The next bit of good ‘evidence’ for chocolate comes from ‘modes of transmission’. We have looked at how BPA leaches into a liquid over time. But there are other ways for it to transfer. Solid to solid is another way. In the same study that liquid baby formula was looked at, they also examined powdered (high fat) baby formula in lined containers….and only found BPA in one of 14 of the samples. That’s good news. My suspicion why is because the container was rigid and the ‘solvent’ (being a solid) could not knock, brush or liberate any BPA from the surface of the lining (sort of like in a chocolate mold).
And this is kind of confirmed, or at least not contradicted by the fact that one of the highest forms of transfer was from thermal receipts that contain BPA. In this case, although both surfaces (the paper and your hand) are both solids, the contaminated surface was highly flexible so was able to ‘slough’ off BPA readily. Think again to our shirt example. It’s dirty. And so is a rigid baseball cap. If you pick up and handle both, which is going to get more dirt on your hands? Most likely the shirt. It gives, the dirt cracks, and readily falls onto and transfers to your hand. It has a reason to move because it’s being dislodged by physical means.
Temperature does play a role in leaching. Higher temperatures (150-210 F) leach more (2-10x more) but chocolate is not molded anywhere near those temperatures. Good for us.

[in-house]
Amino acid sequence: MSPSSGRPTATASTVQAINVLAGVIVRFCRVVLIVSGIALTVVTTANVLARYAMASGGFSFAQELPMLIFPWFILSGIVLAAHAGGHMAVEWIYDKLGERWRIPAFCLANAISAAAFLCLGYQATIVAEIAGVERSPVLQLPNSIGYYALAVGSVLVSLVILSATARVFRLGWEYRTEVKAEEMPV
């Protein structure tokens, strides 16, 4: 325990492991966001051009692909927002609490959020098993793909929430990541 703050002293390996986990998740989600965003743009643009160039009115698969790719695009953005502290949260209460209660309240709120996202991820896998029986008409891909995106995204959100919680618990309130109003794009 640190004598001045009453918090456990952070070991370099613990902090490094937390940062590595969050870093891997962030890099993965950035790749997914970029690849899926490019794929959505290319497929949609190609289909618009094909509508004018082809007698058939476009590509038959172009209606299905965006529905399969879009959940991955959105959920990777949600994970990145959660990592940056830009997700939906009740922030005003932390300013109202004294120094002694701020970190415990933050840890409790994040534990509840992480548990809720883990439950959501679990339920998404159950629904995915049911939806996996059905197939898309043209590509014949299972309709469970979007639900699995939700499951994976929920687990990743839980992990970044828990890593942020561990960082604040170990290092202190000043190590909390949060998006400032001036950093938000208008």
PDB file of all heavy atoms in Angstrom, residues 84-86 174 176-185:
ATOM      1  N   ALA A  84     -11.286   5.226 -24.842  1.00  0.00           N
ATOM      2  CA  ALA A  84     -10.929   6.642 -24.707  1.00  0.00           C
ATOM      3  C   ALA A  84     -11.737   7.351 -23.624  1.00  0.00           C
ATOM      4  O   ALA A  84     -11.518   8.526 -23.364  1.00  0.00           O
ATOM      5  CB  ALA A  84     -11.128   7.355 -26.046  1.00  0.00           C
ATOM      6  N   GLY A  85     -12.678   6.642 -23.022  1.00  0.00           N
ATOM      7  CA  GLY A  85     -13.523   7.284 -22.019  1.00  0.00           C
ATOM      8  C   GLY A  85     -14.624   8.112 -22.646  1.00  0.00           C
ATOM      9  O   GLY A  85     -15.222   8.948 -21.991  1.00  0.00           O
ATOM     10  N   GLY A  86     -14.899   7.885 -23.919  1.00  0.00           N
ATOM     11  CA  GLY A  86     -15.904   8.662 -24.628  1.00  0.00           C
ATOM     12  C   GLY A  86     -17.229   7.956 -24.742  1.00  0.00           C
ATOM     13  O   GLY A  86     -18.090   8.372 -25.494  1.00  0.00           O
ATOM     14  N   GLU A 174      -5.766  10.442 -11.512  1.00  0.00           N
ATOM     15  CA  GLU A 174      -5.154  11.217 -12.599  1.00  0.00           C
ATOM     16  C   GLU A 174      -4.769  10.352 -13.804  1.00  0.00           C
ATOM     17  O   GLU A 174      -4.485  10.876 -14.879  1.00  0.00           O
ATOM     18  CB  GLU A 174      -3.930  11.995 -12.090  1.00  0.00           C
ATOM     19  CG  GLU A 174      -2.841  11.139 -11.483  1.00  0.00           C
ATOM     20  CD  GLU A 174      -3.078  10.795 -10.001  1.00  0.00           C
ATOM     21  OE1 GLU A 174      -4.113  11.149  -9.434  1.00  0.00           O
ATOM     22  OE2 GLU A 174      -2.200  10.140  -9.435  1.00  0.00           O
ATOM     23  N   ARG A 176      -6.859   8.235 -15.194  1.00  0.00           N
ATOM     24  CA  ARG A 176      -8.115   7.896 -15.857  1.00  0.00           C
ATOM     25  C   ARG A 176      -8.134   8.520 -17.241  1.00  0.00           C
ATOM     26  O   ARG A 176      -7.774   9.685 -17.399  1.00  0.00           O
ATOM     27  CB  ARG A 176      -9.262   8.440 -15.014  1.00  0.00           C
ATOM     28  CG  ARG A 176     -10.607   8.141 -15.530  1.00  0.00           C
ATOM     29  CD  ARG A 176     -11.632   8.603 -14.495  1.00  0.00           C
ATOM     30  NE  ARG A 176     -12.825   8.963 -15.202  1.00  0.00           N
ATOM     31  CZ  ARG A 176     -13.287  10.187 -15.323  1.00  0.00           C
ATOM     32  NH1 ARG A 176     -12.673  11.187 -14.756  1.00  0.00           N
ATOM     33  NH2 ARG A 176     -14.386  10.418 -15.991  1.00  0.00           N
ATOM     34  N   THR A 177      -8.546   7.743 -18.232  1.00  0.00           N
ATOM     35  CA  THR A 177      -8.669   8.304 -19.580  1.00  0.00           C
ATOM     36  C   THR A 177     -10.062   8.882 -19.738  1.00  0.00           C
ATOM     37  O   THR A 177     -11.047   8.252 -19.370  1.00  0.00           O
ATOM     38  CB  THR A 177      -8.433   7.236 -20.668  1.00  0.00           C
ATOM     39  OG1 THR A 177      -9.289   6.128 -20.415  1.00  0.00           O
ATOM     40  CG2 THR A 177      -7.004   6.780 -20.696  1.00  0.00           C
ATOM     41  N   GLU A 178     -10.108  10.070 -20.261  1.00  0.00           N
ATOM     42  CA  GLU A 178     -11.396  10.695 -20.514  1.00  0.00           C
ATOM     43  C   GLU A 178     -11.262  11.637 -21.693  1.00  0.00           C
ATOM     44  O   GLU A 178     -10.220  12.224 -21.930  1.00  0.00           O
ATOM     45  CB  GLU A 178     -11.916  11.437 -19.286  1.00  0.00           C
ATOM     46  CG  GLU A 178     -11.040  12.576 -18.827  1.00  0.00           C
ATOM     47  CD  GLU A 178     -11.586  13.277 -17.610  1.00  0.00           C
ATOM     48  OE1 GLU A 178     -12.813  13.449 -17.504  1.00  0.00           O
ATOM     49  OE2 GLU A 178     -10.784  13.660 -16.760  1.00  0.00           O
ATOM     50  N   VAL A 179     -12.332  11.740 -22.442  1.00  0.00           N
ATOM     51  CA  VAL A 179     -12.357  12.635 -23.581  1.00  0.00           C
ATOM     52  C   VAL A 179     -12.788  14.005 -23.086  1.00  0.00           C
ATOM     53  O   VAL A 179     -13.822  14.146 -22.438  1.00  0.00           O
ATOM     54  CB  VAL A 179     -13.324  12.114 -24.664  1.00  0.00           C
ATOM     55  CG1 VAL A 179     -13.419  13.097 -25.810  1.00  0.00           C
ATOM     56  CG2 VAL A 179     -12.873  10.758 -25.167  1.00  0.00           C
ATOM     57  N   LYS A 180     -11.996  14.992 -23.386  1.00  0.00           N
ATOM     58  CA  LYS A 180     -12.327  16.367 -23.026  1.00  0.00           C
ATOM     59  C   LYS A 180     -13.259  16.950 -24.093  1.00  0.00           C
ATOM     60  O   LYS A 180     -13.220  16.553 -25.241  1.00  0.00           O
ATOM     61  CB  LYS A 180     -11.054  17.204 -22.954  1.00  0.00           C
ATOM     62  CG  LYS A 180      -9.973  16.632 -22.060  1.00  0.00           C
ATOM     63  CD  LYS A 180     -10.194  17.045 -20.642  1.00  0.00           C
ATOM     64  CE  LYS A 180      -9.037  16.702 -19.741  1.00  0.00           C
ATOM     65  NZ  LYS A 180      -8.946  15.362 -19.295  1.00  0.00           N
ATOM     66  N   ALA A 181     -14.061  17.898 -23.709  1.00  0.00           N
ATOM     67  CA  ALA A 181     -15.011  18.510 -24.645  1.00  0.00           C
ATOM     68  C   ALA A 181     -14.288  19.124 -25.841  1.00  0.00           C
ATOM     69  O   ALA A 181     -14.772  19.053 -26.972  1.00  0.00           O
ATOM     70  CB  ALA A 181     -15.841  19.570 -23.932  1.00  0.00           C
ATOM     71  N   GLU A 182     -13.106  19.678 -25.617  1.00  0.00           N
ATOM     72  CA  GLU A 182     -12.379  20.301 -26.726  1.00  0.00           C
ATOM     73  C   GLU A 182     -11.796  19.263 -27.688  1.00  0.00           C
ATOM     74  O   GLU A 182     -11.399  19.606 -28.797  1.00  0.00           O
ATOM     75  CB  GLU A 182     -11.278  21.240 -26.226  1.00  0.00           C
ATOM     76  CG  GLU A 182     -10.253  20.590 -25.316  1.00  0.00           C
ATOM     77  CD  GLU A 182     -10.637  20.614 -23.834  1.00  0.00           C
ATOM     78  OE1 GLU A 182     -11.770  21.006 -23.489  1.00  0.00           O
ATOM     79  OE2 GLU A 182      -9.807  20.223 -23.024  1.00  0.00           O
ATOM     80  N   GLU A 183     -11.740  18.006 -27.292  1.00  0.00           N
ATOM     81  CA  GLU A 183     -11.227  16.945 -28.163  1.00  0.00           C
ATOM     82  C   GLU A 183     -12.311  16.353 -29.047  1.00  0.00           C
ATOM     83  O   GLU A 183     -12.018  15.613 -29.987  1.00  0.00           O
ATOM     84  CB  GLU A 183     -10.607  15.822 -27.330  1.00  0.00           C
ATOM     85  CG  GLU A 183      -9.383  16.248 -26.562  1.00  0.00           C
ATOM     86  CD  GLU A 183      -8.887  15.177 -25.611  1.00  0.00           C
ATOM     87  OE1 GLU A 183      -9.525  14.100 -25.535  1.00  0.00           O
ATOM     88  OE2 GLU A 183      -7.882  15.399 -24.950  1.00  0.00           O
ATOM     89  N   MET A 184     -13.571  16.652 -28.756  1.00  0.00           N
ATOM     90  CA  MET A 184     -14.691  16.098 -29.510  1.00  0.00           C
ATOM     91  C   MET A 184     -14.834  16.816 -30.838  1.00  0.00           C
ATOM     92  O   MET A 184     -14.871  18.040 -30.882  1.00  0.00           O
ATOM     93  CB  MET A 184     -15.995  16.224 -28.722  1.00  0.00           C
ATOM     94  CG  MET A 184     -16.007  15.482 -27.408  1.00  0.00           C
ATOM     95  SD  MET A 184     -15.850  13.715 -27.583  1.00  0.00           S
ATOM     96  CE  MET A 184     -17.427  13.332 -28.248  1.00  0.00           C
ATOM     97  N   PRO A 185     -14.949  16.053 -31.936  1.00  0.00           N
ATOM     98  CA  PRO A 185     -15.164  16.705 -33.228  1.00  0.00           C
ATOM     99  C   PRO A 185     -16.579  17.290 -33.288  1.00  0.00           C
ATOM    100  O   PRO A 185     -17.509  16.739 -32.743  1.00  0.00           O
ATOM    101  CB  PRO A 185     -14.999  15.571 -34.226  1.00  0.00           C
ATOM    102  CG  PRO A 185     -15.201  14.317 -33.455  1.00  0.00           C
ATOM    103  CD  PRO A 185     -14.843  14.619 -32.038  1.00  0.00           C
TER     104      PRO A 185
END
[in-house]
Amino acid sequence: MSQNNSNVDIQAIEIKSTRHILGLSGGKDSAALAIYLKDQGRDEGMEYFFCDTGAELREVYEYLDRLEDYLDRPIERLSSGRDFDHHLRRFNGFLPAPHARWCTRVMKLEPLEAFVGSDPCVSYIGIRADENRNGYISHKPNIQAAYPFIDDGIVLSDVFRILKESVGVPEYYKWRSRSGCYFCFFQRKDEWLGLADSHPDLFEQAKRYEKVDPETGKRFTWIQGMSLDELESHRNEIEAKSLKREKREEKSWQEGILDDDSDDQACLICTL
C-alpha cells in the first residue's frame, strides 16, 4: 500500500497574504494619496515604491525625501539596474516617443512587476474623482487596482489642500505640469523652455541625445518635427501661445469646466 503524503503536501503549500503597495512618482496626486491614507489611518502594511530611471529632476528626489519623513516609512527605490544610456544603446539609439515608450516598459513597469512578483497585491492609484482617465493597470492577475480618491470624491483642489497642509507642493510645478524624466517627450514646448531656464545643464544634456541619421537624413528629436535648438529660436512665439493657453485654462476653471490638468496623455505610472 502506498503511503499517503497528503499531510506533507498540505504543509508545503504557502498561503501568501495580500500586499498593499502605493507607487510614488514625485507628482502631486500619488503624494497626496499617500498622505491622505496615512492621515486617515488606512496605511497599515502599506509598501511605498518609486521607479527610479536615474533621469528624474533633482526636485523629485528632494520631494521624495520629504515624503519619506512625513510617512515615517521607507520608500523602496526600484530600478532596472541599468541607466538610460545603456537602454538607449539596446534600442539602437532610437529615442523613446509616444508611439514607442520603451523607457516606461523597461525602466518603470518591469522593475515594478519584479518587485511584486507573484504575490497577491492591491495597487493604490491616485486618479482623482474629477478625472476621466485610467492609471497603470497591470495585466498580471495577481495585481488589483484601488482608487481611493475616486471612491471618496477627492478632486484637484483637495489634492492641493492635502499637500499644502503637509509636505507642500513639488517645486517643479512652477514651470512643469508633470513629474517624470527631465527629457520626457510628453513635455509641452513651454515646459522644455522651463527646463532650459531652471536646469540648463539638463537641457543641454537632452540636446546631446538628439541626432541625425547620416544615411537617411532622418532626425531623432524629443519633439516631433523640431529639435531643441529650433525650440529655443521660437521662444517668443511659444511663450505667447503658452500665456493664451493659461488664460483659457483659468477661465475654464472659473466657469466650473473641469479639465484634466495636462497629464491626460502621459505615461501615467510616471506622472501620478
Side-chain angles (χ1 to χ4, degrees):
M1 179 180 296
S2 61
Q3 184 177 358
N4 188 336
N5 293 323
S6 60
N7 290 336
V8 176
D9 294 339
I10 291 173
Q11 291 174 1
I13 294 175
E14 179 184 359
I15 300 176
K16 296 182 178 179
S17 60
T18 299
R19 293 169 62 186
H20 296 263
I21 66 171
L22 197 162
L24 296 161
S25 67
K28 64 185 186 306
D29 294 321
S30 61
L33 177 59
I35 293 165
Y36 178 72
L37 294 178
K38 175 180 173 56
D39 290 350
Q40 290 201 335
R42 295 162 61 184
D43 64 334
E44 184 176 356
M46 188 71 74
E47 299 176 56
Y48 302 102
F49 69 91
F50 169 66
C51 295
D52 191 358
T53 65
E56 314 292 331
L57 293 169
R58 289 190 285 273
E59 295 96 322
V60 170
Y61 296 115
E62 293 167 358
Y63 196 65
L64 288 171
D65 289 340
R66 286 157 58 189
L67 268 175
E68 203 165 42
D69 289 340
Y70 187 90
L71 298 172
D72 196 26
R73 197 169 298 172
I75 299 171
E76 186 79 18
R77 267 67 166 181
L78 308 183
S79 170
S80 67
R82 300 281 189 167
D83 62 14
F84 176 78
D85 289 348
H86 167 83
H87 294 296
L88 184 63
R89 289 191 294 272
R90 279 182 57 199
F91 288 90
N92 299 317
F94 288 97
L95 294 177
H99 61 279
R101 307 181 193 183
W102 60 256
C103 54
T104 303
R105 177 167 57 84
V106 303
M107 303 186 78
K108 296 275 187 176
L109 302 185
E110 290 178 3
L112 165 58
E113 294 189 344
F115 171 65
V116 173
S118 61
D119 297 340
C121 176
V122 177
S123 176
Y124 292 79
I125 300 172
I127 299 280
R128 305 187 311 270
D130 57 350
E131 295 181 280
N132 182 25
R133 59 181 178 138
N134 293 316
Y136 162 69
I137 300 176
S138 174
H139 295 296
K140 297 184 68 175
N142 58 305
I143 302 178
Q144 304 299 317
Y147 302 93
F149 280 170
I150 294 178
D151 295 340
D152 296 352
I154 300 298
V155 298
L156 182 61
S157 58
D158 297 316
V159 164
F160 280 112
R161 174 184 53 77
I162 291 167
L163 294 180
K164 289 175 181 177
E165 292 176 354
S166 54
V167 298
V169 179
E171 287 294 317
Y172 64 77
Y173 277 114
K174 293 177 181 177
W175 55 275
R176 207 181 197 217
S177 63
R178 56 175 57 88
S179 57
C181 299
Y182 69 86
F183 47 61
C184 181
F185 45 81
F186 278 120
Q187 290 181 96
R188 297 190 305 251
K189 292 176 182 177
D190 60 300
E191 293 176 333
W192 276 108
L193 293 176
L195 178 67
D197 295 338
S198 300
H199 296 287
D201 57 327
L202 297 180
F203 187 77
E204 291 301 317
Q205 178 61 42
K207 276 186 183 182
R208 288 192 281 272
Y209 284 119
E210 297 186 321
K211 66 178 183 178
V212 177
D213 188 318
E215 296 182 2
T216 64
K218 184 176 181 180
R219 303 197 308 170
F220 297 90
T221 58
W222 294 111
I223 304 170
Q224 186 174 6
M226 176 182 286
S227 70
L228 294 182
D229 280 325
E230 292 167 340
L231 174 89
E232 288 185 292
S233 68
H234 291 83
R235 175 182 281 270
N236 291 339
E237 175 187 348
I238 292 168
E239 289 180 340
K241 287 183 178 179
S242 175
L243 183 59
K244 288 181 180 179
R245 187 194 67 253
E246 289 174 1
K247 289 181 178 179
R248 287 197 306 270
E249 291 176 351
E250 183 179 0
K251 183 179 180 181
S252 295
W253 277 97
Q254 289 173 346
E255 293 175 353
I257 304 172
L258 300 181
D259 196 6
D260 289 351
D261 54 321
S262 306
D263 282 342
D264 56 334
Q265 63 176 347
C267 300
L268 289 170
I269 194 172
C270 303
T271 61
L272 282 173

And one final note on leaching. It takes time. When I was in the lab we performed an extraction called a Toxic Characteristic Leaching Procedure (TCLP). In the procedure, we added what we wanted leached into a container with a leaching solution (not even called a solvent) and this was agitated (tumbled actually) for 24-30 HOURS. Which makes sense as the highest contamination is found in water bottles and canned foods where they sit for quite a while and are moved and agitated. My main point here is that time is a critical factor. In a few circumstances we did ‘instantaneous’ leaches for curious customers and found radically reduced leaching rates. Again on the order of 1/100 to 1/1000 times less.
So, here is what I see and could find in regards to BPA contamination and leaching.
- Leaching is not directly related to solubility so oil vs water is does not matter.
- Leaching is related to the surface of the material in question. Solid surfaces show much less contamination than highly flexible surfaces.
- Leaching is related to time to some degree, with instantaneous leaching from solid/liquid boundaries being very low.
- Leaching from one solid to another solid (powdered baby formula in a rigid container) is very low.
- Leaching increases as temperature increases.
With all that in place, my gut feeling is that the contamination from polycarbonate molds to chocolate should be very low because:
- The mold is rigid.
- The chocolate although oil based does not increase transfer.
- The time it is fluid is VERY low.
- Chocolate is molded at ‘cool’ temperatures.
- Solid/solid contact shows nearly no transfer potential.
Basically I can’t find any good reason that there should be hardly any transfer at all from polycarbonate molds to molded chocolate. But I want to re-iterate, I am just following a logic and data trail and we don’t know. To know for sure would take an actual analysis. Which honestly I am stunned has not happened and been published. Anyone?
So, to specifically answer your questions:
I don’t know if BPA enters chocolate during molding, but evidence indicates probably very little
Yes the contact is too brief and of the ‘wrong’ type.
Yes the low temperature helps keep it to a minimum
No, at this point now, we are not turning a blind eye…but maybe someone should test.
That’s my take.